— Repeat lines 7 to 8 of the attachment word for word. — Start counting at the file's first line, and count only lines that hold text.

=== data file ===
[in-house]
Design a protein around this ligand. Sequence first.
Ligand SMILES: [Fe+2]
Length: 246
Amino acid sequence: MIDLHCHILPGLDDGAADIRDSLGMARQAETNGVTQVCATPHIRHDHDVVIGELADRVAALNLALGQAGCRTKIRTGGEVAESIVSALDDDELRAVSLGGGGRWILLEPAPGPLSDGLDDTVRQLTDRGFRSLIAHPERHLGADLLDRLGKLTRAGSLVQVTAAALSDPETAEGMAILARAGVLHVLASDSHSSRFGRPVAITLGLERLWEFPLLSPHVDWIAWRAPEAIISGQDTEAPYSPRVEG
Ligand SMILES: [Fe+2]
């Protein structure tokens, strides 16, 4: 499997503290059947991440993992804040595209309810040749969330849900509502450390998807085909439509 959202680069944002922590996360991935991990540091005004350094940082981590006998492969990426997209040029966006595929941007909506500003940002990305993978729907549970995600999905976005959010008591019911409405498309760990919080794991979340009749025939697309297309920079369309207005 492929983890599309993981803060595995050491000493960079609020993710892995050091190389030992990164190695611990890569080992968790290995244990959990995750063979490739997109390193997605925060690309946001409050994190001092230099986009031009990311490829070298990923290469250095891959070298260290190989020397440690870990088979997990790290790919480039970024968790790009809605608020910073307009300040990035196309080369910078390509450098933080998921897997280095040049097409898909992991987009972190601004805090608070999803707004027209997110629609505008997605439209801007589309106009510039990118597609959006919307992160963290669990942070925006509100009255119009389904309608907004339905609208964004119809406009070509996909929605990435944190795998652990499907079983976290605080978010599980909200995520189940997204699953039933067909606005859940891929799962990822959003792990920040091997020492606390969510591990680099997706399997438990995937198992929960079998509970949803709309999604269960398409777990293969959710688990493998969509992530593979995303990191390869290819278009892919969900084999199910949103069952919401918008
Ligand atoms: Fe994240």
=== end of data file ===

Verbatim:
């Protein structure tokens, strides 16, 4: 499997503290059947991440993992804040595209309810040749969330849900509502450390998807085909439509 959202680069944002922590996360991935991990540091005004350094940082981590006998492969990426997209040029966006595929941007909506500003940002990305993978729907549970995600999905976005959010008591019911409405498309760990919080794991979340009749025939697309297309920079369309207005 492929983890599309993981803060595995050491000493960079609020993710892995050091190389030992990164190695611990890569080992968790290995244990959990995750063979490739997109390193997605925060690309946001409050994190001092230099986009031009990311490829070298990923290469250095891959070298260290190989020397440690870990088979997990790290790919480039970024968790790009809605608020910073307009300040990035196309080369910078390509450098933080998921897997280095040049097409898909992991987009972190601004805090608070999803707004027209997110629609505008997605439209801007589309106009510039990118597609959006919307992160963290669990942070925006509100009255119009389904309608907004339905609208964004119809406009070509996909929605990435944190795998652990499907079983976290605080978010599980909200995520189940997204699953039933067909606005859940891929799962990822959003792990920040091997020492606390969510591990680099997706399997438990995937198992929960079998509970949803709309999604269960398409777990293969959710688990493998969509992530593979995303990191390869290819278009892919969900084999199910949103069952919401918008
Ligand atoms: Fe994240």